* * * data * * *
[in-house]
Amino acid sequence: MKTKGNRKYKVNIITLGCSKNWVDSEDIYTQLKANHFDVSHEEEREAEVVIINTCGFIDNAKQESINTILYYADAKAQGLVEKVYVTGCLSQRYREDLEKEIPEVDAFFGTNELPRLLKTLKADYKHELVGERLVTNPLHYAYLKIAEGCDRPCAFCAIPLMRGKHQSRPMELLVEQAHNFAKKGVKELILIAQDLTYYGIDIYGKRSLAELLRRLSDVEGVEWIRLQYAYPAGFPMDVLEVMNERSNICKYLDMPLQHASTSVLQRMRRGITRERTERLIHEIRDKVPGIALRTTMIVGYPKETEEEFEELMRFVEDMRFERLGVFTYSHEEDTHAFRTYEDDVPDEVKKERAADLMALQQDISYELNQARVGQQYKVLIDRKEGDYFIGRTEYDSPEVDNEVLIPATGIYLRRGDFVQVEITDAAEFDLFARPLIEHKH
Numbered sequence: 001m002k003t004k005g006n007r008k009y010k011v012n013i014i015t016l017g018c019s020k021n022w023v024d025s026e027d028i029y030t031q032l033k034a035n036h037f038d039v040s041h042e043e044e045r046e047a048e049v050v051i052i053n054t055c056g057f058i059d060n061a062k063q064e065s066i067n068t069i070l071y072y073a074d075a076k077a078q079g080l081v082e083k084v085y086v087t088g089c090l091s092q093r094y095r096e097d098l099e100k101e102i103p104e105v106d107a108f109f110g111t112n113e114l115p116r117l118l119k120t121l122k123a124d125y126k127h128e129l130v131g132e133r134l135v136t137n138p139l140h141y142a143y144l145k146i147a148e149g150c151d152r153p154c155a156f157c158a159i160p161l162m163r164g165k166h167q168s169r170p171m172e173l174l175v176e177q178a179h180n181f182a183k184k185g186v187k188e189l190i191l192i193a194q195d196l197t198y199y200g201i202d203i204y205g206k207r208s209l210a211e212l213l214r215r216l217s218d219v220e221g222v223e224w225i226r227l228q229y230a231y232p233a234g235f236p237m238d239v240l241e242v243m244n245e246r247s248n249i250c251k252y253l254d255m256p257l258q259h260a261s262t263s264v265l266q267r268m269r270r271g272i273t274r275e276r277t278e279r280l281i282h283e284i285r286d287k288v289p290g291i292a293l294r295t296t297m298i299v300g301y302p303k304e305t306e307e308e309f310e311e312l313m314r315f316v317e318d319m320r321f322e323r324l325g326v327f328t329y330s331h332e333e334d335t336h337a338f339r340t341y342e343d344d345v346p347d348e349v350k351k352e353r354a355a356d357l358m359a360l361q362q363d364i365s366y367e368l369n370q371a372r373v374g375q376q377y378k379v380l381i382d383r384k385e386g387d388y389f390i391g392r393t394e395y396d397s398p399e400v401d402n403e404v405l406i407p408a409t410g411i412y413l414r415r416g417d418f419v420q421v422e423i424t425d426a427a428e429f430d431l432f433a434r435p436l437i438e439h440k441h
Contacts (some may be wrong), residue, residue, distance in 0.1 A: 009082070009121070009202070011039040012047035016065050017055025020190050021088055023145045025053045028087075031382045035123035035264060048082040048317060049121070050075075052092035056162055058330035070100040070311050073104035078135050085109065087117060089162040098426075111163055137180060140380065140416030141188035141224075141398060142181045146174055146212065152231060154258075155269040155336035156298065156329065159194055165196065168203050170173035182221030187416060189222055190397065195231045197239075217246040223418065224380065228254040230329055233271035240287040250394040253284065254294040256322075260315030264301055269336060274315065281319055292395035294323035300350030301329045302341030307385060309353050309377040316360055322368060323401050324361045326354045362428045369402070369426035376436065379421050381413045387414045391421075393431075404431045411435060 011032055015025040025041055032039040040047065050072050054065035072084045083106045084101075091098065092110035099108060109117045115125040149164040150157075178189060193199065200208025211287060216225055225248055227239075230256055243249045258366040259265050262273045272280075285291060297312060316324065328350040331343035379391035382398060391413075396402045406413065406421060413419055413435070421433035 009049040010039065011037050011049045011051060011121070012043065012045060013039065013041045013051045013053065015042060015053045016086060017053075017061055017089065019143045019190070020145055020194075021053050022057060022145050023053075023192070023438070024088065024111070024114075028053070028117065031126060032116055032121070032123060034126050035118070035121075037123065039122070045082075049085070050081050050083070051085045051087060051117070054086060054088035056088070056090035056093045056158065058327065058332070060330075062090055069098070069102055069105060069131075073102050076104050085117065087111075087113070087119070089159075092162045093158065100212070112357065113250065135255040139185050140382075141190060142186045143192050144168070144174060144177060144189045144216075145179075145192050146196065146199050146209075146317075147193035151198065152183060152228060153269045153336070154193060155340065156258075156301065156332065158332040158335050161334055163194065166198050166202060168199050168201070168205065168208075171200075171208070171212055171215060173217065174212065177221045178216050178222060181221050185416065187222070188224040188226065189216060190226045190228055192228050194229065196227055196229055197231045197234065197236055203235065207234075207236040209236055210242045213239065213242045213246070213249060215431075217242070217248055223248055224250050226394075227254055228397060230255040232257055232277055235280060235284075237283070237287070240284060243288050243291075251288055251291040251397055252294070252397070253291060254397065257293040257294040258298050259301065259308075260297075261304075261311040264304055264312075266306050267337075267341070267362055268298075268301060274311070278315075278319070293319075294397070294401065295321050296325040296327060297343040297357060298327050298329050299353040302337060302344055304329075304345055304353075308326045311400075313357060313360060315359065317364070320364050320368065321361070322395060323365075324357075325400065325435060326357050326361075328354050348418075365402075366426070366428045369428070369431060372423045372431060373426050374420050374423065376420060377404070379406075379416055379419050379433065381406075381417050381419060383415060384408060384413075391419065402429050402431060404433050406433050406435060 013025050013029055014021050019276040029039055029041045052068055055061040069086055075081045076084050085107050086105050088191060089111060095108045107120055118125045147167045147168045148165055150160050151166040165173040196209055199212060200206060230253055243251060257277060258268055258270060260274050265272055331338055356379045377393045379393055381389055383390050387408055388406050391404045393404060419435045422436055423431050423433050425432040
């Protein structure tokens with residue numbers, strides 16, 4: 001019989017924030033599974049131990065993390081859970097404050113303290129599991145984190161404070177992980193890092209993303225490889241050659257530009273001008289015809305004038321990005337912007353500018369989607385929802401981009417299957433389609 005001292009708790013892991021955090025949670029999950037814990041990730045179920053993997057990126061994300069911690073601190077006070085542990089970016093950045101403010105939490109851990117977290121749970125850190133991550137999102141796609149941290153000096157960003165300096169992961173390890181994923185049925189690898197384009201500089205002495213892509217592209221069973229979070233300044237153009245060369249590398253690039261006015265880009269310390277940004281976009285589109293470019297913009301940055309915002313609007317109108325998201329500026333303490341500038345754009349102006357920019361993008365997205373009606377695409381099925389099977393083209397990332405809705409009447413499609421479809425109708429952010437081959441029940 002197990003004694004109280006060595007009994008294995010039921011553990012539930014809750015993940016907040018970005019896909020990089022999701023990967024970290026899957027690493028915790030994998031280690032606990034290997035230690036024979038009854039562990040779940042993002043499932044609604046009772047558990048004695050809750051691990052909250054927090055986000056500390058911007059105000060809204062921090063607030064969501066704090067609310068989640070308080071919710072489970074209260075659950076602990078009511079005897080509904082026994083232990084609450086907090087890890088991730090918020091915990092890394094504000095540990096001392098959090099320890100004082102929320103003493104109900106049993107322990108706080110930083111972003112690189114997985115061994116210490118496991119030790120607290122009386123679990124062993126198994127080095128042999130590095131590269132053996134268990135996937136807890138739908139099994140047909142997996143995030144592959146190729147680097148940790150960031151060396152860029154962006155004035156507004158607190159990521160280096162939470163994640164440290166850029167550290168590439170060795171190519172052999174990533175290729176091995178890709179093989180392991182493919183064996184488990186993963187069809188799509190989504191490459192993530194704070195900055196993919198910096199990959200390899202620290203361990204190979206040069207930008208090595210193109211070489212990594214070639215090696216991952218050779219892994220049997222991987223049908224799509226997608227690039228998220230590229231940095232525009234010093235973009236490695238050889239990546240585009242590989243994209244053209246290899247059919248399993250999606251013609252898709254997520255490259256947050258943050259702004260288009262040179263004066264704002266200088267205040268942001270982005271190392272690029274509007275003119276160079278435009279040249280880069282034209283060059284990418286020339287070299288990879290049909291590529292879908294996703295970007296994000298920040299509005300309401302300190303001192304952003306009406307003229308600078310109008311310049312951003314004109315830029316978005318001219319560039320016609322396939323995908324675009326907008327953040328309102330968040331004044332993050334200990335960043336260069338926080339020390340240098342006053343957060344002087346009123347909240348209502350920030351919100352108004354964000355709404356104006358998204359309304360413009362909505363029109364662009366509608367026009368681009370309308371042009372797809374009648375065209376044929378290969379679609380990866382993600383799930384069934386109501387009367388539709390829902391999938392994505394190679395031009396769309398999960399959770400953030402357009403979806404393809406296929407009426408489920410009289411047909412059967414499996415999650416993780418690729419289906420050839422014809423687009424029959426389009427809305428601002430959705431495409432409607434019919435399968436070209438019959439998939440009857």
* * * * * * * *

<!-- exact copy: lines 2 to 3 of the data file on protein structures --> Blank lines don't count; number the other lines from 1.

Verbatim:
Amino acid sequence: MKTKGNRKYKVNIITLGCSKNWVDSEDIYTQLKANHFDVSHEEEREAEVVIINTCGFIDNAKQESINTILYYADAKAQGLVEKVYVTGCLSQRYREDLEKEIPEVDAFFGTNELPRLLKTLKADYKHELVGERLVTNPLHYAYLKIAEGCDRPCAFCAIPLMRGKHQSRPMELLVEQAHNFAKKGVKELILIAQDLTYYGIDIYGKRSLAELLRRLSDVEGVEWIRLQYAYPAGFPMDVLEVMNERSNICKYLDMPLQHASTSVLQRMRRGITRERTERLIHEIRDKVPGIALRTTMIVGYPKETEEEFEELMRFVEDMRFERLGVFTYSHEEDTHAFRTYEDDVPDEVKKERAADLMALQQDISYELNQARVGQQYKVLIDRKEGDYFIGRTEYDSPEVDNEVLIPATGIYLRRGDFVQVEITDAAEFDLFARPLIEHKH
Numbered sequence: 001m002k003t004k005g006n007r008k009y010k011v012n013i014i015t016l017g018c019s020k021n022w023v024d025s026e027d028i029y030t031q032l033k034a035n036h037f038d039v040s041h042e043e044e045r046e047a048e049v050v051i052i053n054t055c056g057f058i059d060n061a062k063q064e065s066i067n068t069i070l071y072y073a074d075a076k077a078q079g080l081v082e083k084v085y086v087t088g089c090l091s092q093r094y095r096e097d098l099e100k101e102i103p104e105v106d107a108f109f110g111t112n113e114l115p116r117l118l119k120t121l122k123a124d125y126k127h128e129l130v131g132e133r134l135v136t137n138p139l140h141y142a143y144l145k146i147a148e149g150c151d152r153p154c155a156f157c158a159i160p161l162m163r164g165k166h167q168s169r170p171m172e173l174l175v176e177q178a179h180n181f182a183k184k185g186v187k188e189l190i191l192i193a194q195d196l197t198y199y200g201i202d203i204y205g206k207r208s209l210a211e212l213l214r215r216l217s218d219v220e221g222v223e224w225i226r227l228q229y230a231y232p233a234g235f236p237m238d239v240l241e242v243m244n245e246r247s248n249i250c251k252y253l254d255m256p257l258q259h260a261s262t263s264v265l266q267r268m269r270r271g272i273t274r275e276r277t278e279r280l281i282h283e284i285r286d287k288v289p290g291i292a293l294r295t296t297m298i299v300g301y302p303k304e305t306e307e308e309f310e311e312l313m314r315f316v317e318d319m320r321f322e323r324l325g326v327f328t329y330s331h332e333e334d335t336h337a338f339r340t341y342e343d344d345v346p347d348e349v350k351k352e353r354a355a356d357l358m359a360l361q362q363d364i365s366y367e368l369n370q371a372r373v374g375q376q377y378k379v380l381i382d383r384k385e386g387d388y389f390i391g392r393t394e395y396d397s398p399e400v401d402n403e404v405l406i407p408a409t410g411i412y413l414r415r416g417d418f419v420q421v422e423i424t425d426a427a428e429f430d431l432f433a434r435p436l437i438e439h440k441h